There are a number of tools from Raters bars to MBO(Measuring Business Objectives), OKR, 360 feedback. While in Bank of America, we moved 3 Performance Management tools – software changes, but the process was robust and communication and effective change management ( that I led ) in the region ensured we transitioned over 20,000 employees each cycle to still have meaningful feedback and ratings assigned. It was no mean feat and not recommended, but when change hits you in the face of business acquisitions or through other company transformations, you got to do what you got to do….and we emerged fine through it all. So a strong company culture is super important to any kind of Feedback process being successful and well-received.

A tool needs to have built-in communications for all raters and mandatory feedback in word boxes to avoid Managers, Peers or Upline managers just doing the basics. It should have support keywords and goals fed in. It should be accessible through the year when the different performance cycles unfold and lock in based on organisational deadlines. that way, everyone is committed to it equally. It is not just the employee or just the Manager slogging over. It allows for easy participation and complete commitment.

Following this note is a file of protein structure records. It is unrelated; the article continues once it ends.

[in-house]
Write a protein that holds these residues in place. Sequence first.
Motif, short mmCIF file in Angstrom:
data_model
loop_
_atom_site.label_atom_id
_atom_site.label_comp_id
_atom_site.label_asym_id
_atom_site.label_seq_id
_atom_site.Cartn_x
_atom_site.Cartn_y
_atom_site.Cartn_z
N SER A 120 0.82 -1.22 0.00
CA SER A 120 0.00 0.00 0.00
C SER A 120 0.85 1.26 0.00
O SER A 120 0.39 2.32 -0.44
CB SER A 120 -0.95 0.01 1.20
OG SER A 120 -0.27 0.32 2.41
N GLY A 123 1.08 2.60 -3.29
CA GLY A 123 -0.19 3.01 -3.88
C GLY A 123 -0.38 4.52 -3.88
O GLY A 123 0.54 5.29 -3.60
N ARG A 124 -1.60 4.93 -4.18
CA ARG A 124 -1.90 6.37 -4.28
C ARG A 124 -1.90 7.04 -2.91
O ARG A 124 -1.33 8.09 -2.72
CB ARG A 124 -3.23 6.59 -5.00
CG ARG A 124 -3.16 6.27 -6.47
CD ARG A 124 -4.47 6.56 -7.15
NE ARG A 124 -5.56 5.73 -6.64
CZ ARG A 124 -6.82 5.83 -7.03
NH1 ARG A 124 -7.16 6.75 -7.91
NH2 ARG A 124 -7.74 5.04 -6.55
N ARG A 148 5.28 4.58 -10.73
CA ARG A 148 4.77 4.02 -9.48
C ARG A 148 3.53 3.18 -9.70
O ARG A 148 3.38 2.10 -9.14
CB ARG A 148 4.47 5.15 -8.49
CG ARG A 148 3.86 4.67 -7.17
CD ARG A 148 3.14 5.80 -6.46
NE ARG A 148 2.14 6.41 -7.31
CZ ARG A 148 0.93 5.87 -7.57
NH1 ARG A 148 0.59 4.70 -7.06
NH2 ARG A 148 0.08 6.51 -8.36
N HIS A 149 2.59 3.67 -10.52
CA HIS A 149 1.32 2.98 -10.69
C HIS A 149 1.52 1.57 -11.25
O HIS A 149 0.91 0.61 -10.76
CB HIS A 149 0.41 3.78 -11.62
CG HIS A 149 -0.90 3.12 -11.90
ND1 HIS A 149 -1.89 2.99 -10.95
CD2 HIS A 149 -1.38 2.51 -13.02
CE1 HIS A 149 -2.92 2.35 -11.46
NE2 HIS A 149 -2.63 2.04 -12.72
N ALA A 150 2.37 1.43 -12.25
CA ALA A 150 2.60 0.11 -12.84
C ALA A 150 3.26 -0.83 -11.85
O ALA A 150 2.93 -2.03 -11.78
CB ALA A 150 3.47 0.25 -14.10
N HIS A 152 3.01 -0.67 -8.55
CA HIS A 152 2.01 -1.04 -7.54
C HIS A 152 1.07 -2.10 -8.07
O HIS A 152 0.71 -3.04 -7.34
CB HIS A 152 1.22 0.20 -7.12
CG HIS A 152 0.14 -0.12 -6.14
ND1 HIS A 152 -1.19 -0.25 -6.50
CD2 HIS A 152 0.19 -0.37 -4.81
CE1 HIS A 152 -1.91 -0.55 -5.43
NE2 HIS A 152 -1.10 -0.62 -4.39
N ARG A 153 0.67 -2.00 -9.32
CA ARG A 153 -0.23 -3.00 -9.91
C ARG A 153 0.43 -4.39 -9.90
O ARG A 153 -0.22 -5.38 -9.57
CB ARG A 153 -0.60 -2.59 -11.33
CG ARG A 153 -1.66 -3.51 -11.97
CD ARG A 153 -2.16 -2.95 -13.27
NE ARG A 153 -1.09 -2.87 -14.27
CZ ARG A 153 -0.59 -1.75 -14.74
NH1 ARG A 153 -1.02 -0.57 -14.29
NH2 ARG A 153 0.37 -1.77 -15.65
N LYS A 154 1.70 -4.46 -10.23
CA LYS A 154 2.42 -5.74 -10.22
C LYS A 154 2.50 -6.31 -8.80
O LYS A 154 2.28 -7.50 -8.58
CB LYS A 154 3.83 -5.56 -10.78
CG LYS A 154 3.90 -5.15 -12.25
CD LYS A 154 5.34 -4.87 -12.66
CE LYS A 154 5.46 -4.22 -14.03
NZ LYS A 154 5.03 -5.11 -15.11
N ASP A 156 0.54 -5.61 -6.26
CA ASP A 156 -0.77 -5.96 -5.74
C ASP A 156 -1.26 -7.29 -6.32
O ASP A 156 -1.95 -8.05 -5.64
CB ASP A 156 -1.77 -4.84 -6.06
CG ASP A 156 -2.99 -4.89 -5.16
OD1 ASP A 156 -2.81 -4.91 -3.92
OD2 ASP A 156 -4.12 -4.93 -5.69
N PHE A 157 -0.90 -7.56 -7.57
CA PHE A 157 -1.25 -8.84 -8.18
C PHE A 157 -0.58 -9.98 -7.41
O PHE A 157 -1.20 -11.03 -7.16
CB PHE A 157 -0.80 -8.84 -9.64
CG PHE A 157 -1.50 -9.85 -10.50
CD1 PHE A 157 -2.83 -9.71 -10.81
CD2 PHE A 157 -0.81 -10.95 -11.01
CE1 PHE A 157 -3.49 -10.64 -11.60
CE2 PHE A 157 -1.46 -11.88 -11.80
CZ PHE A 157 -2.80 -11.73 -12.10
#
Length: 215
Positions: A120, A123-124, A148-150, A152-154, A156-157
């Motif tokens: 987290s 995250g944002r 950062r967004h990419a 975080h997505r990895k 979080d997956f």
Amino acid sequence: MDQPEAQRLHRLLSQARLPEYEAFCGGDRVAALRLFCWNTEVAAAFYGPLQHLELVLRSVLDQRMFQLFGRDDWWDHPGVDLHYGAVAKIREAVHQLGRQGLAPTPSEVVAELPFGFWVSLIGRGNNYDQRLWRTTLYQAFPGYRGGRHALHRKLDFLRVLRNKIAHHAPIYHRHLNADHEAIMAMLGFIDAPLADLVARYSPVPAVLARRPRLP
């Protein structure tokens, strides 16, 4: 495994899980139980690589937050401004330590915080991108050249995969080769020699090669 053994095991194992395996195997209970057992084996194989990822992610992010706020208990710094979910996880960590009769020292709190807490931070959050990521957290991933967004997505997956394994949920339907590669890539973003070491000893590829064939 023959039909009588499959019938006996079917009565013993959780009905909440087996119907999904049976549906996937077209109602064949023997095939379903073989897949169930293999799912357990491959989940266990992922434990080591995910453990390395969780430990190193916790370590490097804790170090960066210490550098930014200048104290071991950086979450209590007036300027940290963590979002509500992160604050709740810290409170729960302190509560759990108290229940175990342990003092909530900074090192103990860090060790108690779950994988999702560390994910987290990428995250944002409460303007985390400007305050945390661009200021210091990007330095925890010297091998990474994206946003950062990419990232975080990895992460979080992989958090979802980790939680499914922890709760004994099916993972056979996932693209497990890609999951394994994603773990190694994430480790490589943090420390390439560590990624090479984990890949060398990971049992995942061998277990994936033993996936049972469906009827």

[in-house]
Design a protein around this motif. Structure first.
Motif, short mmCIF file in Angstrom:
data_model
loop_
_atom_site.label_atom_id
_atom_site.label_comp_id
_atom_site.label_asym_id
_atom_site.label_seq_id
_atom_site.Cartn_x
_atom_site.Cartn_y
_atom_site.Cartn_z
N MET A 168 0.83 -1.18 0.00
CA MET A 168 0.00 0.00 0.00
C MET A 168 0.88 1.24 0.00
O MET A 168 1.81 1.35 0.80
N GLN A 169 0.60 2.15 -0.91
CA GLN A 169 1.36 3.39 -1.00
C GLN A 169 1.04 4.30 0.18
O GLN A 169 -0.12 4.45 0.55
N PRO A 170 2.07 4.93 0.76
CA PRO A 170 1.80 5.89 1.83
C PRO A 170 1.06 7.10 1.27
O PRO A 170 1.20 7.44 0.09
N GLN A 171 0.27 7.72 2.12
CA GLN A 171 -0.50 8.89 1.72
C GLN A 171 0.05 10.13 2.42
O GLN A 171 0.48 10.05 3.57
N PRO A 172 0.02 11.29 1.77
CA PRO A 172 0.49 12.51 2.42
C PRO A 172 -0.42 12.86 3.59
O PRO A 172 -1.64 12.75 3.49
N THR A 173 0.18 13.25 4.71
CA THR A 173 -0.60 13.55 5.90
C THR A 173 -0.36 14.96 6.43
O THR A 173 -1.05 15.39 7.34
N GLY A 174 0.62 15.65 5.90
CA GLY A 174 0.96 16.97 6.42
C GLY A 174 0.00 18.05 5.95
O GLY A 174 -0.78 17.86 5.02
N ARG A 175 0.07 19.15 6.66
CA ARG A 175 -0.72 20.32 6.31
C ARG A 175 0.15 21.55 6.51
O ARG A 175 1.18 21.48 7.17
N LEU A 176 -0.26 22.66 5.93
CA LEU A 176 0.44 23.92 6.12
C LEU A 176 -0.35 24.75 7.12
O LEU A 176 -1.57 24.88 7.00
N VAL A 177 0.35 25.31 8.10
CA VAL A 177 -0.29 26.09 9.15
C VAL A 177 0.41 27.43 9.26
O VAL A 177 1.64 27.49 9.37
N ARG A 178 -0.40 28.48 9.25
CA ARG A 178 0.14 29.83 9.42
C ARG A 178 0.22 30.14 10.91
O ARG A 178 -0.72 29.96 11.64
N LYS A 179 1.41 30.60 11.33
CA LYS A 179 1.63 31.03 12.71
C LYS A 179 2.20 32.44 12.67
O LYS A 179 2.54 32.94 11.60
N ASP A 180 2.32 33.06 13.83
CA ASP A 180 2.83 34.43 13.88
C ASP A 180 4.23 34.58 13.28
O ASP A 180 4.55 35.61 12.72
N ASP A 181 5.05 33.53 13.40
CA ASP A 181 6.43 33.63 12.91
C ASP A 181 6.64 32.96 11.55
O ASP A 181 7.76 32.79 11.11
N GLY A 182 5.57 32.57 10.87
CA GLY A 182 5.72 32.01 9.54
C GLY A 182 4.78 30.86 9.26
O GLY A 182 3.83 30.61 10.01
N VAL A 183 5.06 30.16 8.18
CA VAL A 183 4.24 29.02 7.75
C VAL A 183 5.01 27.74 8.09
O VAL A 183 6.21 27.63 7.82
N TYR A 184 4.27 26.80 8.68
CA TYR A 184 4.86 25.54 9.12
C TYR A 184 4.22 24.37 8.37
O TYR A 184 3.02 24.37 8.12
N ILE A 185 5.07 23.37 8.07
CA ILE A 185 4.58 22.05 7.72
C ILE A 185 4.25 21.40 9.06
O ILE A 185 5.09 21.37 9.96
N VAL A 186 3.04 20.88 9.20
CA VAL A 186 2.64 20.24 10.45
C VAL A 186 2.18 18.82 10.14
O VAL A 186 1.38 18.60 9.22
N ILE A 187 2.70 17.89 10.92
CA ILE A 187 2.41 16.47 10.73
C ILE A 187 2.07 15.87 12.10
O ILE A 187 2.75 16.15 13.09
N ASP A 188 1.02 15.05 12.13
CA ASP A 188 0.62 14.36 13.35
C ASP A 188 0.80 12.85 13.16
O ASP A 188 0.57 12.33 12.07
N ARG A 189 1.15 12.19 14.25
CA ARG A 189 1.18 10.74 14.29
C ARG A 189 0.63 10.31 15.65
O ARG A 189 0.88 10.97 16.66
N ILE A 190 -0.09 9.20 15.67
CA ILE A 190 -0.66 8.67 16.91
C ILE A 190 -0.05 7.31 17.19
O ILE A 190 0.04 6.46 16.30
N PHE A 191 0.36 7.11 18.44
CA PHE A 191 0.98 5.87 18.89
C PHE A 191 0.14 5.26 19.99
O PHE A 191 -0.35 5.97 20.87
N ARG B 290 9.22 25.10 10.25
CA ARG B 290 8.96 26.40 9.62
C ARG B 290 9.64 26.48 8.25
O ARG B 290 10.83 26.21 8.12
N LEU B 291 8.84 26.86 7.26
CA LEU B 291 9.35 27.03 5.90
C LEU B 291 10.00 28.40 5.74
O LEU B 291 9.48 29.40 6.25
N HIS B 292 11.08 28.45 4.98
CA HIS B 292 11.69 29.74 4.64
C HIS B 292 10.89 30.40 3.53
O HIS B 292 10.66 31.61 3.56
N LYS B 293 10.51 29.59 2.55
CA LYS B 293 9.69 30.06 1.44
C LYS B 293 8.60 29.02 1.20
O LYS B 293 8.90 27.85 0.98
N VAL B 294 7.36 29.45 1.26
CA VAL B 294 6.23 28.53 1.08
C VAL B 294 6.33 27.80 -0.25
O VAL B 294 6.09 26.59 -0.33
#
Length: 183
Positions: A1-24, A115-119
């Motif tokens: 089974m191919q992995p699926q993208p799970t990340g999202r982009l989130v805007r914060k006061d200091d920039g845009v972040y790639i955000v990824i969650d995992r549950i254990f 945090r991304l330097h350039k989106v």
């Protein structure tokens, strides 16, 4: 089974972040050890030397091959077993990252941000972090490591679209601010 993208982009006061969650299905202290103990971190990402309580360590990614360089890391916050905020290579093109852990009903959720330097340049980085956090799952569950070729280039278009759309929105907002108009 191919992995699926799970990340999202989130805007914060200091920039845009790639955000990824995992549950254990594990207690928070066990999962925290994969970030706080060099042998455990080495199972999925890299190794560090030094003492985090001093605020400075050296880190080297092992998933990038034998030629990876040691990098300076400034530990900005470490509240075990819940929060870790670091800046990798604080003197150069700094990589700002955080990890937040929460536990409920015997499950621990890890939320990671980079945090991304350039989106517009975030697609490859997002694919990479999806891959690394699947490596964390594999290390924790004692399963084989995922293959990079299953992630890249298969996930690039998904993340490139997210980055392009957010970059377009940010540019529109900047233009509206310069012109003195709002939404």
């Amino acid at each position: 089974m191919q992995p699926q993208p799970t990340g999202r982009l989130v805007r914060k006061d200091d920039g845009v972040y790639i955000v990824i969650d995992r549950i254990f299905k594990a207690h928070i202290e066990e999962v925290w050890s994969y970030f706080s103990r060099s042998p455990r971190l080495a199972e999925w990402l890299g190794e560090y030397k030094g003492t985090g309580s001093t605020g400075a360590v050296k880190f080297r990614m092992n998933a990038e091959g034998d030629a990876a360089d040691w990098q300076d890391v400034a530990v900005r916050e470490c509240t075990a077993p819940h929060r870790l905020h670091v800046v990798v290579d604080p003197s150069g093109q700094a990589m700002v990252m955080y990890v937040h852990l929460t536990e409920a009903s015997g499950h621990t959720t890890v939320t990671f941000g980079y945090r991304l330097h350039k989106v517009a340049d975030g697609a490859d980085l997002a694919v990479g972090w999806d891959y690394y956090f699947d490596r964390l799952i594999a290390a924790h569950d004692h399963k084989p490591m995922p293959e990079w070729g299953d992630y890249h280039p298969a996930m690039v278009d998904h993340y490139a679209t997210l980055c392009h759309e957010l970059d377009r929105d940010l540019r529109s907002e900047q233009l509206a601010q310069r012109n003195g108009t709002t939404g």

Ah, and it should allow for easy access to company HR policies or whatever are the follow-up actions or increments or Promotion policies and Next steps. As well as for the Individual Development Plans to be active documents with signoffs and restricted access to all the persons’ managers and uplines.

How should negative feedback be approached in an organization? Any best practices that you would like to share.

I am not a votary of the term “negative feedback’. To my mind there is no Negative Feedback, it is merely Performance Improvement feedback. I like thinking of it as ‘Feed Forward”, because you can’t undo it, you can ensure it is not repeated in the future, as it was detrimental in some way and not aligned to goals. In the organisations I’ve worked, it was always “areas of improvement’, not Strengths and Weaknesses, so that is something I share at every organisation I Consult or Coach. Words can enable good positive behaviours, and the use of terms like “negative feedback or weaknesses” can impair people’s performance severely, as it makes them feel they are wrong. Whereas in actuality, it is the behaviour or action they exercised that needs correction. If there is consistently denial or an employee who is not an organisational fit due to a misaligned personal beliefs and organisational values, it is appropriate to communicate the same to the employee and allow them to move on.